For the rest of the day, every step I took I felt defeated and unwanted.  My meeting went awful because I couldn’t focus and I didn’t have the confidence to use my voice – and I left it not getting the resolution I was hoping for. On the way home, my driving was erratic and aggressive.  Luckily I wasn’t involved in nor caused an accident.

I thought to myself, “because of this XXXX, I got hit by soda.  If it wasn’t for XXXX, this never would have happened.”  I was drawing blanket conclusions as to why this happened to me and blaming things that most likely have no correlation to my incident. I wanted to get on social media and blast every person/group/etc. for somehow being involved in this act of violence that ruined my meeting and the rest of my day. I wrote my post 4 times, in different ways to phrase what I was feeling in my mind.  I looked at other media sources to see how I could justify my rage about what happened to me. 

But then . .

I thought to myself, “maybe this has nothing to do with me.” Maybe this person has had a bad day. Maybe this person thought I was Ryan Reynolds, (I get that all of the time, believe me) and didn’t like his last movie. Maybe they got fired, or a loved one passed away, or they may be upset about the same issues that bother me, and that’s how they chose to process it.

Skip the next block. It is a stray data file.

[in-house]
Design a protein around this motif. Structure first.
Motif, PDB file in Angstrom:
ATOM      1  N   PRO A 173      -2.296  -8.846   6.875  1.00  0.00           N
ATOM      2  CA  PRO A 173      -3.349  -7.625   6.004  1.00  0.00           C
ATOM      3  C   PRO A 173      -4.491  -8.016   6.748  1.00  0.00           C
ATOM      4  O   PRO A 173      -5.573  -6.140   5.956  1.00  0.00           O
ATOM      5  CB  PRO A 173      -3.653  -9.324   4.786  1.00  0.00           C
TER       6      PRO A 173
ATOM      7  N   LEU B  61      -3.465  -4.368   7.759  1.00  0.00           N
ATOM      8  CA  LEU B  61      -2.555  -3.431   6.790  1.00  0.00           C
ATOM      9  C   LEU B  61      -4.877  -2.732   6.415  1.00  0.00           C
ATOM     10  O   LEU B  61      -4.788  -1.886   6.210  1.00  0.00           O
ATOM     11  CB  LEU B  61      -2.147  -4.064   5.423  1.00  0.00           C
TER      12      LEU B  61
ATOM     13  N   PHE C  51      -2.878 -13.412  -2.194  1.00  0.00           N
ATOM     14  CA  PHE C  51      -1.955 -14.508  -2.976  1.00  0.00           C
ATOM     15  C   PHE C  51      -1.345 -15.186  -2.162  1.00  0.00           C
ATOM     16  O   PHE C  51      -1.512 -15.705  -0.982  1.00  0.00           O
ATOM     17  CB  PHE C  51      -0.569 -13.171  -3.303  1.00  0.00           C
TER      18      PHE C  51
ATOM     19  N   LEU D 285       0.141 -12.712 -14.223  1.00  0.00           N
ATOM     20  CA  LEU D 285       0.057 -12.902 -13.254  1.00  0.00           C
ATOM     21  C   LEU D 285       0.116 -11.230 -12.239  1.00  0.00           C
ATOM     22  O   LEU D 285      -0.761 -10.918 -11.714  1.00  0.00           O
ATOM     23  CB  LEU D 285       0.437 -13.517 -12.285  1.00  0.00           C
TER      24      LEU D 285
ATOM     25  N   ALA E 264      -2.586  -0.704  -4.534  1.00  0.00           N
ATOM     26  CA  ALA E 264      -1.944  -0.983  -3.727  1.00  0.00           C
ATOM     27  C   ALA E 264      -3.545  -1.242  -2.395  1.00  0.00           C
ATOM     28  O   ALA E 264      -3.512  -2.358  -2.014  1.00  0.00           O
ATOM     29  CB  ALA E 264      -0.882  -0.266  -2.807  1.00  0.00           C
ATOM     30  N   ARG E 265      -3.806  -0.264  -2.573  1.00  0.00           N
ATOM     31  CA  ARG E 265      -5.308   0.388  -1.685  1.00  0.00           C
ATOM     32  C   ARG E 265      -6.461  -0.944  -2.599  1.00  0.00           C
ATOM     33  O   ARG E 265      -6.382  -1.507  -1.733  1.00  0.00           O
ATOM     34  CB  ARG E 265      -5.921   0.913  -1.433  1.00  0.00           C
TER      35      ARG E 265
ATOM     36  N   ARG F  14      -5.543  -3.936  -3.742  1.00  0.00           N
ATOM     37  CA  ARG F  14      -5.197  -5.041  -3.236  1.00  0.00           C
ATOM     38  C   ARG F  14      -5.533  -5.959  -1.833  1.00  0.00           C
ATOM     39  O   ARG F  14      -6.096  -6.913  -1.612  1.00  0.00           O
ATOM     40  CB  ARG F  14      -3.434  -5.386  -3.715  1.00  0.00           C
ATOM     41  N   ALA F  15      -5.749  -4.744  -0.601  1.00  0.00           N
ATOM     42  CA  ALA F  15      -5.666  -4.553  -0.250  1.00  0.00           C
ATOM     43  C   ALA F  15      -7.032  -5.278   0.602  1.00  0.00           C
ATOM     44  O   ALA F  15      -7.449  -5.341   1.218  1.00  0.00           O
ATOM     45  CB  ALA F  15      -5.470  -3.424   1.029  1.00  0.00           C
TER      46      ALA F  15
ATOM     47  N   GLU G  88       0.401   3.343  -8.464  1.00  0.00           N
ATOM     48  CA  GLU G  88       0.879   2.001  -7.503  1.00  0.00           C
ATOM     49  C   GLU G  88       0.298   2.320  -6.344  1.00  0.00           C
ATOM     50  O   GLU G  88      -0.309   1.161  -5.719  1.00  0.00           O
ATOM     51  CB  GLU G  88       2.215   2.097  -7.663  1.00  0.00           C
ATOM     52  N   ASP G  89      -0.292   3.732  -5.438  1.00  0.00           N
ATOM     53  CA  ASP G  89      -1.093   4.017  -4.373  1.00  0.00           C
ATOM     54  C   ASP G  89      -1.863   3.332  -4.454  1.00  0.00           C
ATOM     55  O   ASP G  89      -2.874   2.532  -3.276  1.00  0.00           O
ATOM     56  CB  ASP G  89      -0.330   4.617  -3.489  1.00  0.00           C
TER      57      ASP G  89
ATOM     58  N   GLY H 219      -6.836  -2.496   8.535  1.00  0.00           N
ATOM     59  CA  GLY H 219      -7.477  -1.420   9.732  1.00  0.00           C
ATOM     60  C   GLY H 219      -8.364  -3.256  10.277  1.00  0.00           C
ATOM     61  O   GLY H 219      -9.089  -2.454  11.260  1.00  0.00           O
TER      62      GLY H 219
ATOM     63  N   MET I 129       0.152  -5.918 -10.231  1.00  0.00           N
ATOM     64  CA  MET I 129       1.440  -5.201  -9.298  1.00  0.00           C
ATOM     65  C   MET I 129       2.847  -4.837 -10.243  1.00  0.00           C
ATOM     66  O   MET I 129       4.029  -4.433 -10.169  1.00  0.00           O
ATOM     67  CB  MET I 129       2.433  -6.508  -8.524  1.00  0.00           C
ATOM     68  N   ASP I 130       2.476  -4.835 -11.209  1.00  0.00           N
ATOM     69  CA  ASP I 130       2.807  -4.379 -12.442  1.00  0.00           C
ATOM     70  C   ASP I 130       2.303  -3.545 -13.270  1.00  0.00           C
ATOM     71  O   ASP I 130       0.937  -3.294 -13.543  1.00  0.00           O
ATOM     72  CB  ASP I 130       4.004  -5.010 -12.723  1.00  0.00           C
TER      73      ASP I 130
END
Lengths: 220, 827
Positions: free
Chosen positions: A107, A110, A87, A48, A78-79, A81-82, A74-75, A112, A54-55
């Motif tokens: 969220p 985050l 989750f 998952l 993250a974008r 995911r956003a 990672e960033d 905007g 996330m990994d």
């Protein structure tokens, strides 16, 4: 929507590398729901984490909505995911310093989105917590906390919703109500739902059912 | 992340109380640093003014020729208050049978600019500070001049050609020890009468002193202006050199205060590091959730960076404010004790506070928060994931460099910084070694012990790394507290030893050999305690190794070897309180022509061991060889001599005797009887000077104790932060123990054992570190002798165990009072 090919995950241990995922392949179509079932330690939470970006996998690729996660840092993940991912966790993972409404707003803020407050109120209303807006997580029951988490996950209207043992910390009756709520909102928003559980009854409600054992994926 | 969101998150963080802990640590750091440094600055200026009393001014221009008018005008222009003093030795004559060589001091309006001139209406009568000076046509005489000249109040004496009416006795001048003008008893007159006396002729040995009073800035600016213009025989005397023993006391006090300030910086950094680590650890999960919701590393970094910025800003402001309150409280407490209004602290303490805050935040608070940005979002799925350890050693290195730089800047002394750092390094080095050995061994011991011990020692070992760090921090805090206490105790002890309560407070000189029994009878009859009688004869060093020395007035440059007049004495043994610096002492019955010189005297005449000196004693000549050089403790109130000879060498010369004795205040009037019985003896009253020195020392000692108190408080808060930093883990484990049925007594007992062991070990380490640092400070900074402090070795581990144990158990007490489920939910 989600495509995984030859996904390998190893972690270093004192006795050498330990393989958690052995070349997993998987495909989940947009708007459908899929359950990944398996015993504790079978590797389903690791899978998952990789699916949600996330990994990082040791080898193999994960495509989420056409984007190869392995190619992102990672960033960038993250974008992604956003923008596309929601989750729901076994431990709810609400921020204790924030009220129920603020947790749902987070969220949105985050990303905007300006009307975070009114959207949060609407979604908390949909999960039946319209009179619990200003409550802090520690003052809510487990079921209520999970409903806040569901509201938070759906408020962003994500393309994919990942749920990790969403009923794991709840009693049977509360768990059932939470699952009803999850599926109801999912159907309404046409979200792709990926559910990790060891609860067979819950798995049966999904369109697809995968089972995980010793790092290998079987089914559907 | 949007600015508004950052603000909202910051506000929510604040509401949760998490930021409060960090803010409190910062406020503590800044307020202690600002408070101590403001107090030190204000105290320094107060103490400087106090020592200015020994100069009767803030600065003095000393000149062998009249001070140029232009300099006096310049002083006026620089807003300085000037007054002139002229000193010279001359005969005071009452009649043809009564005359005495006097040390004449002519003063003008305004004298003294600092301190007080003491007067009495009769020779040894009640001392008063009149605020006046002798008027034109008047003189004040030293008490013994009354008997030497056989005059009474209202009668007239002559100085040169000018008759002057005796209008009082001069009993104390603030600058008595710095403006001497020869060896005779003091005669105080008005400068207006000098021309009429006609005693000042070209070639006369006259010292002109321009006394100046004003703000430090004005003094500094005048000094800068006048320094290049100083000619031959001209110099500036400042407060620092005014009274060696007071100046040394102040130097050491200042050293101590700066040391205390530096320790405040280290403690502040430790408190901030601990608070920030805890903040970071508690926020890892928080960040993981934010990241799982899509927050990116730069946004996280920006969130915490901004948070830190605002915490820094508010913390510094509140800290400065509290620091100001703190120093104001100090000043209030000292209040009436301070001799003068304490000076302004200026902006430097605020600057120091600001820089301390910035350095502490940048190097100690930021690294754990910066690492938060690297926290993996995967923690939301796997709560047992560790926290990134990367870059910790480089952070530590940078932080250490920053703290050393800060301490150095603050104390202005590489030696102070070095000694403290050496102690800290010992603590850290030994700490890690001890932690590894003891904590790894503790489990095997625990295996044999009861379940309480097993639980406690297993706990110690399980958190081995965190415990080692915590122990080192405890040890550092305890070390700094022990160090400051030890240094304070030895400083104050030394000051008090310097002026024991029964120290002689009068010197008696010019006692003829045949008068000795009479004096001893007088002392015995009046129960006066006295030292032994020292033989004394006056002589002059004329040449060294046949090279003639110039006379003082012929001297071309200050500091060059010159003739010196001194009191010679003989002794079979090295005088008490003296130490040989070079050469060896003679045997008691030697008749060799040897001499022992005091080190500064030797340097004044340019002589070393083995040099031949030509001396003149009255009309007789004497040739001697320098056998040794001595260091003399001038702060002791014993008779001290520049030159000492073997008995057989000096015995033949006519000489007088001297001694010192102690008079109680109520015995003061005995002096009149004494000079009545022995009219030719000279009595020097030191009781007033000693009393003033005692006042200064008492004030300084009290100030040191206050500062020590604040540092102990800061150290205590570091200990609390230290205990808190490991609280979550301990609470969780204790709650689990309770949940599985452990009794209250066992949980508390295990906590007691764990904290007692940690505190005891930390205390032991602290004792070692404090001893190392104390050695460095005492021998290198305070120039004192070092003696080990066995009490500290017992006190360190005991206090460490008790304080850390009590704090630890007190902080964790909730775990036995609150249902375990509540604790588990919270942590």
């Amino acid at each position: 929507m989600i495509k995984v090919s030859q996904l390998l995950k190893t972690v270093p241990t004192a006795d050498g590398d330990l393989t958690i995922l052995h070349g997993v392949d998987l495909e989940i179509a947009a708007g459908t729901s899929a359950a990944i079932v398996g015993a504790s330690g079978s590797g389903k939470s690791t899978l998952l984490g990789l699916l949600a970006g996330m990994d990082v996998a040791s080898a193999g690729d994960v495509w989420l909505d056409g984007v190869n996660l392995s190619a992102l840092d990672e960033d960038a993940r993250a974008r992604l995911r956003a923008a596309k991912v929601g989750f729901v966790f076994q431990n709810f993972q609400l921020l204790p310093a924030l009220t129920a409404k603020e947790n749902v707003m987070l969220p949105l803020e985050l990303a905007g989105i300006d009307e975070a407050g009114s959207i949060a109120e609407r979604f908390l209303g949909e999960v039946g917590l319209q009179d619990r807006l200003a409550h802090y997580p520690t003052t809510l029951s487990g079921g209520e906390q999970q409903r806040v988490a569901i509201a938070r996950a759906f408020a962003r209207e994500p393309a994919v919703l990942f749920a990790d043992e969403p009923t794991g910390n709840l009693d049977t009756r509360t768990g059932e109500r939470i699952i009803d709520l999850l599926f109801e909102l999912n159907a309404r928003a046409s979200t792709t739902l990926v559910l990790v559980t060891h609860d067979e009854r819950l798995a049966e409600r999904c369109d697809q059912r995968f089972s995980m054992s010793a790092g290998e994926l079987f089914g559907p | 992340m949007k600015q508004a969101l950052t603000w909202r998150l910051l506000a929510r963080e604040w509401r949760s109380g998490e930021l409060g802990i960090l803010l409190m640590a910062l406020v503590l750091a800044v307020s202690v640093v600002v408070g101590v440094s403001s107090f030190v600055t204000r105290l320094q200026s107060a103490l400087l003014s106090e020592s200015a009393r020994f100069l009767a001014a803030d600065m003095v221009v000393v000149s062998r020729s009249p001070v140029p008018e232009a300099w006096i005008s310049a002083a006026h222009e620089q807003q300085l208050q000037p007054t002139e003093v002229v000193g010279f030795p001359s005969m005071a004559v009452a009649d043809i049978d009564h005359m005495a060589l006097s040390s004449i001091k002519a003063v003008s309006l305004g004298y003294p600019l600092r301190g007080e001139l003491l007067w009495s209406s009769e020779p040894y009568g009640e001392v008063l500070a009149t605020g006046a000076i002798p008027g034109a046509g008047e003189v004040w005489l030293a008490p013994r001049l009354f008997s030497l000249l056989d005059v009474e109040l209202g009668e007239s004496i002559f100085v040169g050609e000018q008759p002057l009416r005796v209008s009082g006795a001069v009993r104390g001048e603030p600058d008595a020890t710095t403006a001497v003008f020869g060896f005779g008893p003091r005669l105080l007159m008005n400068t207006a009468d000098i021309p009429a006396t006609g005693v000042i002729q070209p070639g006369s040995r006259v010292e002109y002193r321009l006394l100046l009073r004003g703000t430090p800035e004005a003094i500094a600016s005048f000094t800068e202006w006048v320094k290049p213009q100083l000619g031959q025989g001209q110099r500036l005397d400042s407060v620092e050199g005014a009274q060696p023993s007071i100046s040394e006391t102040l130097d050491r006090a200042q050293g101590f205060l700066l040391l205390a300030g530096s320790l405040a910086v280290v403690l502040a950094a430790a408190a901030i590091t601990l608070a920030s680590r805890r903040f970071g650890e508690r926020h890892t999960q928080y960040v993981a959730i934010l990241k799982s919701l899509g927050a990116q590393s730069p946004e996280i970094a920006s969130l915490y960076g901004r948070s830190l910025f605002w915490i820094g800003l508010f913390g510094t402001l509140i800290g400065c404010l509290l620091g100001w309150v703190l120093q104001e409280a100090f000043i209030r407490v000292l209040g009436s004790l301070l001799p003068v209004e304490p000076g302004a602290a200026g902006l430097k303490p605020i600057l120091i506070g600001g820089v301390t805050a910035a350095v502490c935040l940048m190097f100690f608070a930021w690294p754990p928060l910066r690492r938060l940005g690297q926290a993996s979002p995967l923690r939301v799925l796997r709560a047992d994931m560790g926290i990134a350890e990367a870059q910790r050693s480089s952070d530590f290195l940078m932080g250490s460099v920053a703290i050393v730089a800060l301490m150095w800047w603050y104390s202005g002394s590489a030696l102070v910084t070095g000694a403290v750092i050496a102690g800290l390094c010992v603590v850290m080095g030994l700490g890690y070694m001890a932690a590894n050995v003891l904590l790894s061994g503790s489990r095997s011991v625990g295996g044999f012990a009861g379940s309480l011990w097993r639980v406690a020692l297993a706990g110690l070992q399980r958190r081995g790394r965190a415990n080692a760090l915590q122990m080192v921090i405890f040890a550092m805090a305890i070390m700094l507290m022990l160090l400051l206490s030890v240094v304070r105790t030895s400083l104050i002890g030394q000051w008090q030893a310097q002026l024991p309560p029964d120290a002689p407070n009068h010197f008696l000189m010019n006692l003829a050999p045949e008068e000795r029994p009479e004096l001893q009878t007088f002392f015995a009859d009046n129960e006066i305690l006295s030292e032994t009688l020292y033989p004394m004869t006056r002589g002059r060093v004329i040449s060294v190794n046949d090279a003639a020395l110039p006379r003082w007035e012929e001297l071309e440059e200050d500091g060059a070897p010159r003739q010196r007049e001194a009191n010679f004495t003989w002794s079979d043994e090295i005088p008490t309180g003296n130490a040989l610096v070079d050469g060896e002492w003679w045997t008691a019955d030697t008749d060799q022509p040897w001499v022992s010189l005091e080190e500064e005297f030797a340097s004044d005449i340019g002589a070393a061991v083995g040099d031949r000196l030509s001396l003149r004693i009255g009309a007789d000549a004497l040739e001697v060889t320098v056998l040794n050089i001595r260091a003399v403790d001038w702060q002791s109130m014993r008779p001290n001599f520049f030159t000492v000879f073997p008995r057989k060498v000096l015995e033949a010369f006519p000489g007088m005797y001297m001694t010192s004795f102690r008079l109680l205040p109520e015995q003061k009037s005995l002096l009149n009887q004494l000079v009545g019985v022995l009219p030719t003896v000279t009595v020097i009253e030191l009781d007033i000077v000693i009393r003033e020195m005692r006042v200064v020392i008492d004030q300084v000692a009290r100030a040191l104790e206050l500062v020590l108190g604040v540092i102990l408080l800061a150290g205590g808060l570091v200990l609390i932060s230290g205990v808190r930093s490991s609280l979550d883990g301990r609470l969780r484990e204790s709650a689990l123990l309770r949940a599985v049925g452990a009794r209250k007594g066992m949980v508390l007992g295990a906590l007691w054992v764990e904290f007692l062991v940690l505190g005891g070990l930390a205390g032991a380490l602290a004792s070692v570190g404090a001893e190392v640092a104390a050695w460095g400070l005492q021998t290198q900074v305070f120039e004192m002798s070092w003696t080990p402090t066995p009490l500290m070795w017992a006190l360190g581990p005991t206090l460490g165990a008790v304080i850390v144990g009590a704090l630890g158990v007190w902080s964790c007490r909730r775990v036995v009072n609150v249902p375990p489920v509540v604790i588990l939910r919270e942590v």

If I had the chance to meet this person face to face, how would I handle that?  Would I, “come in hot” and let them know how mad they made me? Or would I want to understand why they did it. What if they realized (however long after) that they made a mistake? Would I take the opportunity to affirm their perception if true, (totally the Ryan Reynolds thing, right?) Or would I try to show them that I am not that bad? Start a dialog perhaps, listen first – speak later. I don’t know, I would like to think that I would at least try to hear them out.